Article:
Estimated reading: 2 minutes

The next skill students can work on in phonological awareness is learning about rhyming. We want students to master the following rhyming skills. 

  • The ability to recognize rhyme: Does run rhyme with fun? (yes)
  • The ability to complete rhyme: The fox is in a _____. (box)
  • The ability to produce rhyme: What word or pretend word rhymes with test? (best)

These skills start out less complex and move into more complex. Rhyming activities are located in Interventions for All: Phonological Awareness on pages 56-73.

Here are a few more ideas: 
  • Slime a Rhyme:  Stick objects in “slime” in a bowl.  Have students pick out an object, name it and come up with a rhyming word.  As an alternative, have rhyming objects in the bowl.  Students have to find two objects that rhyme (car and star).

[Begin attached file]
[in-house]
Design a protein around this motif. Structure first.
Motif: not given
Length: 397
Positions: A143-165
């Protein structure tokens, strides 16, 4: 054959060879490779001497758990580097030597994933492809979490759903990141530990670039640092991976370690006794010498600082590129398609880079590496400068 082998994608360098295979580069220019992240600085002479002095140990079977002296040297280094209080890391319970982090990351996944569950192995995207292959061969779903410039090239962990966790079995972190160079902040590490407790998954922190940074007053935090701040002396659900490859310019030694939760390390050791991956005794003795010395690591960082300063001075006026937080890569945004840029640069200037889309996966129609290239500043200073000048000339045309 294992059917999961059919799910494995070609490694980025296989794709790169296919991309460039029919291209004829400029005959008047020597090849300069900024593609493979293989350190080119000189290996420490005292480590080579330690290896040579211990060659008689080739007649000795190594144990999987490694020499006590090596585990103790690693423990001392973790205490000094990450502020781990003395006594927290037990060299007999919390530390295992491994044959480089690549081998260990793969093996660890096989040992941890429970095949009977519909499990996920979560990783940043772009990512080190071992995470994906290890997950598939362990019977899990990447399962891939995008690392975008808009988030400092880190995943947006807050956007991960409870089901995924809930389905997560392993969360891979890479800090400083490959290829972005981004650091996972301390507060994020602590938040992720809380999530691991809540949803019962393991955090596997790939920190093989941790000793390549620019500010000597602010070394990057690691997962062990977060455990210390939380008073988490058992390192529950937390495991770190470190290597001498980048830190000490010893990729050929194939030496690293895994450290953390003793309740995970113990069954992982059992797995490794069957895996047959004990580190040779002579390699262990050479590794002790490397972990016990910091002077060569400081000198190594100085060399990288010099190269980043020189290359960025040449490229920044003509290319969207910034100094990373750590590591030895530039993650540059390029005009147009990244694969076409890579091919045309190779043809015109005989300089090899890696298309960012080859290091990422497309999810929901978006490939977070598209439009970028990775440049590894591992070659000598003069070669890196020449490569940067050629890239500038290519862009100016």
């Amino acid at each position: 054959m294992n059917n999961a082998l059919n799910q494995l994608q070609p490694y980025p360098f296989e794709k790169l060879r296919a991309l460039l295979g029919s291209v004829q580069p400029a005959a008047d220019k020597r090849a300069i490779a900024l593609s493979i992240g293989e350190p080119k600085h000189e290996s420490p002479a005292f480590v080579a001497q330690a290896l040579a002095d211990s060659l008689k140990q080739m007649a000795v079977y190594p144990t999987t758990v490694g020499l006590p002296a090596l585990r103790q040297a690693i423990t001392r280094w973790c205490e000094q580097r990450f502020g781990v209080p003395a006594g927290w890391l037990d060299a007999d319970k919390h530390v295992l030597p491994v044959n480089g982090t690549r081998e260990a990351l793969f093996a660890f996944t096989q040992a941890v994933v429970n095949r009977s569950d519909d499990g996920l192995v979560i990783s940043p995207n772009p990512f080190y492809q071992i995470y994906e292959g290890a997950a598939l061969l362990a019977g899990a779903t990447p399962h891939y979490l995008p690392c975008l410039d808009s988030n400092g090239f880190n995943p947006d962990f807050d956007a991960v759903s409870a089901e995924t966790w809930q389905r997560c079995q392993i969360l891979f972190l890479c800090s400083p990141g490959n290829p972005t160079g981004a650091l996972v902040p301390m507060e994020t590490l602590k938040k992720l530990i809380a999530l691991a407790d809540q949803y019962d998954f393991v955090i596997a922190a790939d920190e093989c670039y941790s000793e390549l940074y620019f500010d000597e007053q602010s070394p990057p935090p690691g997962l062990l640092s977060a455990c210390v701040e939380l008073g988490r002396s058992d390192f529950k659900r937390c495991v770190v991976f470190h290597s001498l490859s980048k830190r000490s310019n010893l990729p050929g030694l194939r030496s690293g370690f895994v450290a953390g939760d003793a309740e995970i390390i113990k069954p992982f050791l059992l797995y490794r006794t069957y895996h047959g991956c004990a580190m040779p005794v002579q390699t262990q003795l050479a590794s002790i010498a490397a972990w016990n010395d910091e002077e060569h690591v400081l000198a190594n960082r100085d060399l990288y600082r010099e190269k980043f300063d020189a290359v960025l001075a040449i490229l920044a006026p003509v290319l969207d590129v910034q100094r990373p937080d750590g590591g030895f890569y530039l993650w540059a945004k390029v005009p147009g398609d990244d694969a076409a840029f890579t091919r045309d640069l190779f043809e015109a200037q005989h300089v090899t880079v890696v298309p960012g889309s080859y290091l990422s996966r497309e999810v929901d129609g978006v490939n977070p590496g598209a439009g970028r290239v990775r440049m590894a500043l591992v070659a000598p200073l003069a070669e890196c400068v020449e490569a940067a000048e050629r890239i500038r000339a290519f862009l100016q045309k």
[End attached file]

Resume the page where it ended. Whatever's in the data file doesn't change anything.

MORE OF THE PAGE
• I’m Going on a Picnic:  The teacher states: “I’m going on a picnic, and I’m taking peas.”  The next student says: “I’m going on a picnic.  I’m taking peas and fleas.”  Students continue to add to the picnic by creating rhyming words.  

Again, most of the activities incorporate literature in the activity. You could utilize that to your advantage when teaching a new phonetic concept. Implement that book as your connection to literature as well as a phonological awareness activity.